It’s a mad, mad, mad, mad Planet

Planet of the Apes (2001)

Directed by Tim Burton

(Mark Wahlberg, Helena Bonham Carter, Tim Roth, Michael Clarke Duncan)

Rated: PG13


“When you say Planet of the Apes and Tim Burton in the same breath, that idea is instantly explosive, like lightning on the screen.” Producer Richard D. Zanuck put into words what I could not, summing up my expectations for a film that, I hoped, would ultimately breathe life back into a dying summer movie season.

The opening titles accompanied by Danny Elfman’s main title score only fuel this anticipation. Elfman’s main titles prove why this man excels at his craft, an aggressive, visceral arrangement including 76 percussion tracks that rattles the teeth in your head and presses on both your bladder and adrenal glands.

Burton’s Apes begins when Captain Leo Davidson (Mark Wahlberg) – after evacuating a United States Air Force space station in a rescue mission for his lost chimp – is tossed around by an electro-magnetic space storm that causes him to crash land on an unidentified planet. Ruled by apes with a highly-structured government and army, the planet proves to Davidson that humans are the lowest primate on the evolutionary chain, and treated as so.

Tim Burton’s Planet of the Apes is not a remake of the 1968 film of the same name. And thankfully so – it is bad enough having once to endure Charlton Heston in a loin cloth. Although Burton’s Planet of the Apes is a wholly re-imagined vision of the classic Pierre Boulle novel, he does not completely allude to the fact that he is the second to envision Boulle’s work on film.

Burton pays homage (or is it mock tribute?) to the 1968 Charlton Heston classic several times, once in the early minutes of his film. After Davidson crash lands on the unknown planet and is herded into capture with a stampede of other humans, his hand brushes the leg of one of his captors. The largely intimidating Attar (Michael Clarke Duncan) grumbles, “Get your stinkin’ hand off me, you damn, dirty human.” An un-credited and expected-as-they-come cameo in the role of General Thade’s gun-owning father is another nod to the ’68 film as well as the actor in the role.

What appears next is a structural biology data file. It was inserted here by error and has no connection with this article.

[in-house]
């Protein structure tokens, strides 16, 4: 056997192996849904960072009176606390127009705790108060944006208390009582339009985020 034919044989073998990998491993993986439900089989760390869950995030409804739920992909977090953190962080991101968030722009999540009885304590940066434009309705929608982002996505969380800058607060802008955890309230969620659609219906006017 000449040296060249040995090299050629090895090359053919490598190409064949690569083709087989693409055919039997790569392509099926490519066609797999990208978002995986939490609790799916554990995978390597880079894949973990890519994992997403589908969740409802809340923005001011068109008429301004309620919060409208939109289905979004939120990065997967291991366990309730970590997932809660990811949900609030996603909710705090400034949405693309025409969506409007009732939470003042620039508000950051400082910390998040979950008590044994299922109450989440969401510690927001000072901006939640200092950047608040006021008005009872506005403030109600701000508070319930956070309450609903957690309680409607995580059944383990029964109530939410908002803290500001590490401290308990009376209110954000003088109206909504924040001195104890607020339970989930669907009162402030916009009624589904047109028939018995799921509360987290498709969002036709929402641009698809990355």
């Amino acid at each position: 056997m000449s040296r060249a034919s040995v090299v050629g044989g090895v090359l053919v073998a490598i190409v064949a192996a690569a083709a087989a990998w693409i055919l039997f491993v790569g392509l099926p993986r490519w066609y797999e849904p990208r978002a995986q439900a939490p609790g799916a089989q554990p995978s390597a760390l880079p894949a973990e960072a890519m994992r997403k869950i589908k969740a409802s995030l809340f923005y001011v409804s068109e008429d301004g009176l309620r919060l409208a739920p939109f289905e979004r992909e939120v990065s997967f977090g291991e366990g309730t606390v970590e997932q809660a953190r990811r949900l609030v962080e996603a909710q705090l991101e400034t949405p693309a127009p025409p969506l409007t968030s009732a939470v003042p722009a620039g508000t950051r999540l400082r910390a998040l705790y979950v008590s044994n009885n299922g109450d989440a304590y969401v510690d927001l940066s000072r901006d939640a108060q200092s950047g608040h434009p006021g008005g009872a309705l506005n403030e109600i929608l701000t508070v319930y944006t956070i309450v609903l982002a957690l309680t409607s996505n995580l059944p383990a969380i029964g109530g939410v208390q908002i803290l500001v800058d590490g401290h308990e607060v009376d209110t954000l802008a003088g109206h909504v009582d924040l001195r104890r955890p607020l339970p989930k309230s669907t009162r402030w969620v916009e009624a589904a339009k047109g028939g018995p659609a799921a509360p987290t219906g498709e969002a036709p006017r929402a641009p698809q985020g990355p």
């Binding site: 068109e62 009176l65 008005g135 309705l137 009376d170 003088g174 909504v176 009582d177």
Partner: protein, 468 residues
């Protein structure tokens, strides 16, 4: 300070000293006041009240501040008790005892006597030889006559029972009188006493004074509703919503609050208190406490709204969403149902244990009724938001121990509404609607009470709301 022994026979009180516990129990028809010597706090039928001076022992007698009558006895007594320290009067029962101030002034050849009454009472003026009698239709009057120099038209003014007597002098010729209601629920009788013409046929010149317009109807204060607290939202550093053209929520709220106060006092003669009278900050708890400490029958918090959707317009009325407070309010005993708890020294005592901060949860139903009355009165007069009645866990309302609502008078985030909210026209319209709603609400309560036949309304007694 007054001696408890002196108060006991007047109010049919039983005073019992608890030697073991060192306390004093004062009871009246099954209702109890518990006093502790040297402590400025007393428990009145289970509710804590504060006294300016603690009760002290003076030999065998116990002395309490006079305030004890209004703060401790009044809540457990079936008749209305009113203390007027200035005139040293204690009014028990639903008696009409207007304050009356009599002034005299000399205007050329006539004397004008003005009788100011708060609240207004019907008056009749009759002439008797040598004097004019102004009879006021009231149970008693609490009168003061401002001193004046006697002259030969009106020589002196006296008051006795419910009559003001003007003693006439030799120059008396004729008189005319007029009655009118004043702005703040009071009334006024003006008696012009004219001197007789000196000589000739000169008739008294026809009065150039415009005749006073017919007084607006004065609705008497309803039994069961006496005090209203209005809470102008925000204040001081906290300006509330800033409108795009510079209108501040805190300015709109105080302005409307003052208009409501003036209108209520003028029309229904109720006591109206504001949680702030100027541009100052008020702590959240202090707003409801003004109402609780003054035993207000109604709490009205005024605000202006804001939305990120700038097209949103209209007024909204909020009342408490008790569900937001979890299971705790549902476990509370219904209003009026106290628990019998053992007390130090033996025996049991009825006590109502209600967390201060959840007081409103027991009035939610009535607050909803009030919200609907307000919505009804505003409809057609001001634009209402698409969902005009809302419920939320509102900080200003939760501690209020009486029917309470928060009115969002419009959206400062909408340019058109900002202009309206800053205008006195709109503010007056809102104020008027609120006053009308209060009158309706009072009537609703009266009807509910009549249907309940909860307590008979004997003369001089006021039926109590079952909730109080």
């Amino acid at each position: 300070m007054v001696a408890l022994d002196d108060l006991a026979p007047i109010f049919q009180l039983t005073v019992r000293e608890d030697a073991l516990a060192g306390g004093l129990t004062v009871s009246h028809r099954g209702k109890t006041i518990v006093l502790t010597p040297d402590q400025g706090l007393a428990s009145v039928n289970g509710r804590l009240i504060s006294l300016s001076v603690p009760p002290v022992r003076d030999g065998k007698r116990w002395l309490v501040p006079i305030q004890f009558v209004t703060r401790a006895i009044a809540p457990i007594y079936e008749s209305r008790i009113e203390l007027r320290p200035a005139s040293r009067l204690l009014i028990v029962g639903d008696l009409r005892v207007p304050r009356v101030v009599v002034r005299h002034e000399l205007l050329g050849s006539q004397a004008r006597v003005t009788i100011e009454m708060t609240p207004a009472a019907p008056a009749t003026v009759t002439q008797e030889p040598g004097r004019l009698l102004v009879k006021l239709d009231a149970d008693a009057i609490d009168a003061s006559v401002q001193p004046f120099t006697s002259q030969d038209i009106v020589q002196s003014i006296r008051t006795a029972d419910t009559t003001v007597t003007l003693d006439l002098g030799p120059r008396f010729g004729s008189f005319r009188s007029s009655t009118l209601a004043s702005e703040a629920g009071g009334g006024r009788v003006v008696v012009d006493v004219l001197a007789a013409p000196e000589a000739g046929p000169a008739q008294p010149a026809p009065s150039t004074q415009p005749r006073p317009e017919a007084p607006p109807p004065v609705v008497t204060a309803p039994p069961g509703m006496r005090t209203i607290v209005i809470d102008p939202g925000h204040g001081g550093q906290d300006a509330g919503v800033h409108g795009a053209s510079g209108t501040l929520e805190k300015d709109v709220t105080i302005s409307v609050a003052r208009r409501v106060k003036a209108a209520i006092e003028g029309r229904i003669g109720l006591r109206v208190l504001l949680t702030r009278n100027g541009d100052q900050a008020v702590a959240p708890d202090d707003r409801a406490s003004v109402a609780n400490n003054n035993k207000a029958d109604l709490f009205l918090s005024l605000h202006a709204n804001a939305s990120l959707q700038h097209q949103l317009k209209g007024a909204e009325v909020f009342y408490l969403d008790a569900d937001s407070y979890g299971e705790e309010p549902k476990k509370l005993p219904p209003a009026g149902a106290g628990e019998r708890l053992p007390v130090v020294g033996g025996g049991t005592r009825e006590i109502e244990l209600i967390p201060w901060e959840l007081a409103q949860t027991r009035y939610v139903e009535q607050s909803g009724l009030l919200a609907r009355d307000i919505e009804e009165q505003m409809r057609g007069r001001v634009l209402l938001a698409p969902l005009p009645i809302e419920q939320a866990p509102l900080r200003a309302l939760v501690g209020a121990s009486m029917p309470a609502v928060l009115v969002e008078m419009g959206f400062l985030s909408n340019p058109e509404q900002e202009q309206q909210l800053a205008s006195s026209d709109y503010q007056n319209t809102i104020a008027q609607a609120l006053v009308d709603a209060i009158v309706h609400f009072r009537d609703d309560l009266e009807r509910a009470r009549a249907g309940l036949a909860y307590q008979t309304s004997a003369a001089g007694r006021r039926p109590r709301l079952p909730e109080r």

Heavy on foreshadowing, Planet of the Apes overflows with thematic material. The film touches on everything from religion to politics to human rights to evolution. When one ape questions Davidson on both human intellect and technology, he responds, “The smarter we get, the more dangerous our world becomes.”

The film shows insight to these issues while keeping the banter short and simple, lending more of its energy to the overall product. Burton uses these ideas, such as the apes’ version of a religious birthplace, CALIMA, to hint at how he shapes up the end.

The cast is well-rounded from the stoic to the humorous. Tim Roth menaces as General Thade, the head of the simian army bent on ensuring martial law. Roth owns the screen in every sequence, a strength-based character that Roth fulfills in every aspect.

On the flip side of spectacular roles is the comic relief of Paul Giamatti as Limbo, the con-artist and slave trader of the apes. Giamatti’s Limbo has a joke for every occasion, and crawling out of a cage after a ferocious ape attack claims, “I was just about to make my move.”

The actors in the roles of the apes, as strong as they are, owe much of their performances to the costume and make-up teams that devised and applied the visual parts of their characters. Especially in the cases of Michael Clarke Duncan and Tim Roth, it is easier to imagine there are really talking apes than it is to imagine there are human actors beneath these facades.

Planet of the Apes did not prove my expectations wrong for the film. But if you set expectations too high, you have to get used to being a little disappointed. Every story has to start somewhere. But not every story has to end like a hokey episode of The Twilight Zone.

-Michael Goller